Water injection technology (WIT) is taking hollow-part injection molding into territory where gas assist hasn't gone before. In use for only about five years, WIT first found a following in coring out simple tube-shaped parts where it brought cooling cycle times down by as much as 70% from those seen with gas assist. Next, WIT broke into fluid-transport applications where it proved able to provide smoother inner walls than gas.
Now WIT is finding increasing use in larger and smaller part applications, thicker and thinner parts, and more complex shapes, where it can produce more uniform wall thickness and help simplify part designs. WIT has graduated beyond handles, brake pedals, and automotive cooling tubes into shipping crates, toys, furniture, and large waste bins. WIT's ability to pack out a part consistently can reduce sinks and warpage while lessening the degree of mold texturing required.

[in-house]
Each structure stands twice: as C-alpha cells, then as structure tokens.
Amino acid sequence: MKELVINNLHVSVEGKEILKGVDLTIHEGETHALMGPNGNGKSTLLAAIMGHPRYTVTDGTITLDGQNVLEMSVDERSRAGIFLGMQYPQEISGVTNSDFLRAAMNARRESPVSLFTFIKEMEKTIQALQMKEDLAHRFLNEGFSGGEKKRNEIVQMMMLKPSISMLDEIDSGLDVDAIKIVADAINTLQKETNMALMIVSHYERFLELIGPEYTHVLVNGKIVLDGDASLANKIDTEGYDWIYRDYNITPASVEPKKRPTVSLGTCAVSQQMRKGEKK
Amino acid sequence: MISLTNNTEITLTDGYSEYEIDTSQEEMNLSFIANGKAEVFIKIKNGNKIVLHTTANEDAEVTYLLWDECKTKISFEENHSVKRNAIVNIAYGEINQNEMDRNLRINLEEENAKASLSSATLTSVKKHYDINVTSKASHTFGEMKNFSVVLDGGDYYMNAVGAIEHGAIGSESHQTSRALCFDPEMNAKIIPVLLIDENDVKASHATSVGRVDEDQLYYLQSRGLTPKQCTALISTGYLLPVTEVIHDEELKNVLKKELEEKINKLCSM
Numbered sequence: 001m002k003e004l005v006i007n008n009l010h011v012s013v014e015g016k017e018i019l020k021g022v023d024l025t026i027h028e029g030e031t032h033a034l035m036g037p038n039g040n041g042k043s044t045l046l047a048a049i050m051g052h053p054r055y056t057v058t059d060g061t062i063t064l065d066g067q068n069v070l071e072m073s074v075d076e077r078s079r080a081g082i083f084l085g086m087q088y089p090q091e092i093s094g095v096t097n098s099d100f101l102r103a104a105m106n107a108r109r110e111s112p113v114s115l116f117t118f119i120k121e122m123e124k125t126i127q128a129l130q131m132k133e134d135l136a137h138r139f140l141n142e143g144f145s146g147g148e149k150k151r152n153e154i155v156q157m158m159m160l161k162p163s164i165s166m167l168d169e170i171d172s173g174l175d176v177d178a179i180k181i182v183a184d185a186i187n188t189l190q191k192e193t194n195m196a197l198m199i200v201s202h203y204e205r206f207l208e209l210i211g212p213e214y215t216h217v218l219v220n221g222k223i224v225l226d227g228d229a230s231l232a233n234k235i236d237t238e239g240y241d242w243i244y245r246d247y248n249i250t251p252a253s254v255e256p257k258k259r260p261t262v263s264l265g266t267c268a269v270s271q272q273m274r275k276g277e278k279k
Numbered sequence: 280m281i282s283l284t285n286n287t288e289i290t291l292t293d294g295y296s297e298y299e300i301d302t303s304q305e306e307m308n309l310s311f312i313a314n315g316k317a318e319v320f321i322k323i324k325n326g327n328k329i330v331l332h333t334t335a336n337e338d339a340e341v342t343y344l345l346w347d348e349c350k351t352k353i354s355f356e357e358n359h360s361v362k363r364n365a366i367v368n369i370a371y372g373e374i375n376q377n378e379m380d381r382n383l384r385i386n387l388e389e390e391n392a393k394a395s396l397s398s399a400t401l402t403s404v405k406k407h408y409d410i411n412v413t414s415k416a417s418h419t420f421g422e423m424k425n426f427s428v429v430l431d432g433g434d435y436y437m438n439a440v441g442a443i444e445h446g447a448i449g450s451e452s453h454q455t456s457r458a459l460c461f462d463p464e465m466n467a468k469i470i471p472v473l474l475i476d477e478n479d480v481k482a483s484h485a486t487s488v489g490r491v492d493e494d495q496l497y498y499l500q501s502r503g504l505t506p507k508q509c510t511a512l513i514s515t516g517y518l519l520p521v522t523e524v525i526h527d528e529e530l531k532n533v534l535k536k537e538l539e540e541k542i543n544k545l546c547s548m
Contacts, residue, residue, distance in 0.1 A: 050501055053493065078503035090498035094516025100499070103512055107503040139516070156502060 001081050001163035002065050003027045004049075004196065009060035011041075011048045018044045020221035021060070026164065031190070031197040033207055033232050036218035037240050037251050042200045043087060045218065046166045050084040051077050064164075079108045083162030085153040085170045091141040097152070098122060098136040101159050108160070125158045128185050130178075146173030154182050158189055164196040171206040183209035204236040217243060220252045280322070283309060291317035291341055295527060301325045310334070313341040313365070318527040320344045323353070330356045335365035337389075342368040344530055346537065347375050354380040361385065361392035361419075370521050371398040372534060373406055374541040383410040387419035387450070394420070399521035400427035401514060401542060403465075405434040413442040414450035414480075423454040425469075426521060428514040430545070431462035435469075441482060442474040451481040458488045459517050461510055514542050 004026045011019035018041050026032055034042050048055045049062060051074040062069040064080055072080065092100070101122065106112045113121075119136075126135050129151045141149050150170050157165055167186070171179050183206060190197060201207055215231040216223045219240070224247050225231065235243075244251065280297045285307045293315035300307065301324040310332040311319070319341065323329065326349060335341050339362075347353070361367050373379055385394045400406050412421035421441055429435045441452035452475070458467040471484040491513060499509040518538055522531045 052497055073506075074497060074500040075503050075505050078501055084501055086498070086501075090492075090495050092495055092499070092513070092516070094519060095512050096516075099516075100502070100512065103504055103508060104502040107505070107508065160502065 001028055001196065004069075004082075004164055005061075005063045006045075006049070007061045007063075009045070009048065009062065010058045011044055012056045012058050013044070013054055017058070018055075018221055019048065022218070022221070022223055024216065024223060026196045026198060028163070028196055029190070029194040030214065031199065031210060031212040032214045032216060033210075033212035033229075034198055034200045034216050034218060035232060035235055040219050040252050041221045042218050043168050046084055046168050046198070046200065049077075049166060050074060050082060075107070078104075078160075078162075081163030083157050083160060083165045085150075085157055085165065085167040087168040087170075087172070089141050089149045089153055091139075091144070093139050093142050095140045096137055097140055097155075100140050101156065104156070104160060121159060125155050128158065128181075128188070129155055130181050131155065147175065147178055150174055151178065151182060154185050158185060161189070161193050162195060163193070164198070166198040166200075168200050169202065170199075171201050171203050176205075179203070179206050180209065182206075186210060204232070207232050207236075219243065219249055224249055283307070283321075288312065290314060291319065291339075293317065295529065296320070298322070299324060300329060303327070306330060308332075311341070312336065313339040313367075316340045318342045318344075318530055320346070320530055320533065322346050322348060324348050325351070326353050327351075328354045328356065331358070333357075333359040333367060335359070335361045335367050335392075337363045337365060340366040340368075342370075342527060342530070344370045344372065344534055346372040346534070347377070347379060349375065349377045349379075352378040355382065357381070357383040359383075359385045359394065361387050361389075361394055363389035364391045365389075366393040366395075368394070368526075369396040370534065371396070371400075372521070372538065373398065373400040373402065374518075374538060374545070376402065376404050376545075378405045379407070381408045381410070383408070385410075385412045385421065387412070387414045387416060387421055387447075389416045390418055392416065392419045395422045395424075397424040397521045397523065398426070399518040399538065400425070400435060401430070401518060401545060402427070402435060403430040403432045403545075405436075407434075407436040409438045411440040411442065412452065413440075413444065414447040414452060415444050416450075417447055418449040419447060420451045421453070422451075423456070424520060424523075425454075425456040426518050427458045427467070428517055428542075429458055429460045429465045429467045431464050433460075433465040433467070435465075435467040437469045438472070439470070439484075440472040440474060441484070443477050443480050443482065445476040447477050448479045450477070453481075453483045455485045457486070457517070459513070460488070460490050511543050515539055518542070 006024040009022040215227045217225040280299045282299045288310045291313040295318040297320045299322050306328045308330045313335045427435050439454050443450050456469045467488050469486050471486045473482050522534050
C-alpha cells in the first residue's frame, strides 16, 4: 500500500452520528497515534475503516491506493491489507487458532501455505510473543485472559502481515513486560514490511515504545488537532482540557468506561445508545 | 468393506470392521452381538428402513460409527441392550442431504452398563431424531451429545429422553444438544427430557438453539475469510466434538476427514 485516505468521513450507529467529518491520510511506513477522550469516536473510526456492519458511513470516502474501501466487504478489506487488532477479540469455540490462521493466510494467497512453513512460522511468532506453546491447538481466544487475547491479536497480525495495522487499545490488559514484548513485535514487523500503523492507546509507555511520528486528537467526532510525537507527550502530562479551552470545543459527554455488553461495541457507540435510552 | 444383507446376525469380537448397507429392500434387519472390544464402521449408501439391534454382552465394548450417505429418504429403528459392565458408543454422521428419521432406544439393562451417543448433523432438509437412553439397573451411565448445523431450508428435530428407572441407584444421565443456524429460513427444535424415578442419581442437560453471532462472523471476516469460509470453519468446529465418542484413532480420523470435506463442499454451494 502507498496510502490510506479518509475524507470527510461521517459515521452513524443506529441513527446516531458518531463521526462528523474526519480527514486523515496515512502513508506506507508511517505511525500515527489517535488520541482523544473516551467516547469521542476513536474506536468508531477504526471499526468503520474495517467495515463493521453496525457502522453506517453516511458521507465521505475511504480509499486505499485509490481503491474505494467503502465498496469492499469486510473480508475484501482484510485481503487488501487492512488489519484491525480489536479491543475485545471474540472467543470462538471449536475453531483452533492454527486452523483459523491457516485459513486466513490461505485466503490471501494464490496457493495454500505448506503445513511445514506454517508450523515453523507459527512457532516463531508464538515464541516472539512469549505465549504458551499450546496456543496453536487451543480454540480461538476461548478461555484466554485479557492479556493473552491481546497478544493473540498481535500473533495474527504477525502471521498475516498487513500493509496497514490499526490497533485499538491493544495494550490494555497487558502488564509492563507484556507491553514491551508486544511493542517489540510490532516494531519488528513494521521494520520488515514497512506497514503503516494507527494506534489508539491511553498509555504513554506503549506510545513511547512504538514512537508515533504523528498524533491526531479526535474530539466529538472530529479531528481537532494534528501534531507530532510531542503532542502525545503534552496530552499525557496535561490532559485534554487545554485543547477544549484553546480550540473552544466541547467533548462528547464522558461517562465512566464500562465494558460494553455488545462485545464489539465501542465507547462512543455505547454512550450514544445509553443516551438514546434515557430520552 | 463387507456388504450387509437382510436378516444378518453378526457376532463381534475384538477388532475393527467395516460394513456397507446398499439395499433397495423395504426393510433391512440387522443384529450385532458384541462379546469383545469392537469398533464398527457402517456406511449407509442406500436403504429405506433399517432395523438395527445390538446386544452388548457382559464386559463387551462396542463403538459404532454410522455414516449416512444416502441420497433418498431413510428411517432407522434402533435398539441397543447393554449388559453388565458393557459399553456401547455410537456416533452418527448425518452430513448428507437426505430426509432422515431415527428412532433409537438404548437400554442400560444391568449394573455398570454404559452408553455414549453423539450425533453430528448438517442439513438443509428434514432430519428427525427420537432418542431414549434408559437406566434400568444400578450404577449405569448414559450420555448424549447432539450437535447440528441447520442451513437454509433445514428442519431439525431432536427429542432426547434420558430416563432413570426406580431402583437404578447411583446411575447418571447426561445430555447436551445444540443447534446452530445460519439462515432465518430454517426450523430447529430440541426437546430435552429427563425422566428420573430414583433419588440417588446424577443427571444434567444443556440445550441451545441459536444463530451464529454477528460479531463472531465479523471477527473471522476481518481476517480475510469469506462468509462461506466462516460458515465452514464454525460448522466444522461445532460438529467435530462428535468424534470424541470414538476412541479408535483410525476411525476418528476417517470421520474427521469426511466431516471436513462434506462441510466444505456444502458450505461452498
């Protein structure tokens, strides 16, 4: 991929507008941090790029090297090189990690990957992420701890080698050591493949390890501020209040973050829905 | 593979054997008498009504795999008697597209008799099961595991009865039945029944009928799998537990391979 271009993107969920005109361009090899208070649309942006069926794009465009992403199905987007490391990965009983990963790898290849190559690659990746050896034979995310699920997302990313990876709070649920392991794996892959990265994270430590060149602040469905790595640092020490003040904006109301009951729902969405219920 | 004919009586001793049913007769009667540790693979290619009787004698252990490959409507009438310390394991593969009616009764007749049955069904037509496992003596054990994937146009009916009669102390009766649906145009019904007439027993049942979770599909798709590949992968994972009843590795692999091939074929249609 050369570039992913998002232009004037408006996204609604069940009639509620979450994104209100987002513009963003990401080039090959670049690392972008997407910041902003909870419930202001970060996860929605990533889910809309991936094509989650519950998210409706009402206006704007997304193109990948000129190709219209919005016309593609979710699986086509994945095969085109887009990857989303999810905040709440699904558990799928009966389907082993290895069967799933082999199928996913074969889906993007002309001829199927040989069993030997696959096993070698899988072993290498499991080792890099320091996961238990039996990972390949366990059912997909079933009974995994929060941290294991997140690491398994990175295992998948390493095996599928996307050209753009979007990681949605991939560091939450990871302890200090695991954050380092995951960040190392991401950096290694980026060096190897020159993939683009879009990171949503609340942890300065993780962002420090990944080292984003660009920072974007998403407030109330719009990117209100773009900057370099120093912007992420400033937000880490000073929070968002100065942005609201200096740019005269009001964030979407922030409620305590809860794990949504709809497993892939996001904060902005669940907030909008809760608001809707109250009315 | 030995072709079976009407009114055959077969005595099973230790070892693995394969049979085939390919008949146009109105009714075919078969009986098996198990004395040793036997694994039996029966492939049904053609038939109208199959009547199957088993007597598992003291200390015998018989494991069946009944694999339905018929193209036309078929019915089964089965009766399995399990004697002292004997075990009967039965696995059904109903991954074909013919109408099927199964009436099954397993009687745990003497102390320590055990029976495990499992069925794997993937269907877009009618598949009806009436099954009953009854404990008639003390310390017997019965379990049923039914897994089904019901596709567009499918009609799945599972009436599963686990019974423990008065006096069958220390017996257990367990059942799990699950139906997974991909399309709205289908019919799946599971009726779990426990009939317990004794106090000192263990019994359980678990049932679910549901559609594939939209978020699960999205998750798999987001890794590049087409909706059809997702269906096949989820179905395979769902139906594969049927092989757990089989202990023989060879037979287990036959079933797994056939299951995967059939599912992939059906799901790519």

While commercial applications are multiplying, WIT is advancing rapidly. Improved injector nozzles seal off better to keep the process leak-free and the molding operation dry. New nozzles can inject water and gas and can also act as an outlet for water ejection from the part. In addition, new nozzles can be mounted flush with the mold to introduce water by breaking through the part surface, or they can protrude into the mold cavity and core directly from within the part.
Water delivery units come in newer volume- or pressure-driven configurations that allow users to better profile the pressure, volume, and timing of the coring process. At least one firm offers electric water pumps as an alternative to hydraulics.
WIT has also gained four new process capabilities:
- Use of multi-cavity tooling to core out several parts simultaneously.
- Injecting a sequence of gas and water in order to reduce the chance of "fingering" voids in the part wall.
- Circulating water through a part via multiple nozzles for added cooling.
- Creating a water circuit within a circular part from a water stream that is split and then rejoined without pressure loss.
The WIT process is also bound to get a boost from new simulation software that can model and analyze molding with water in 3D.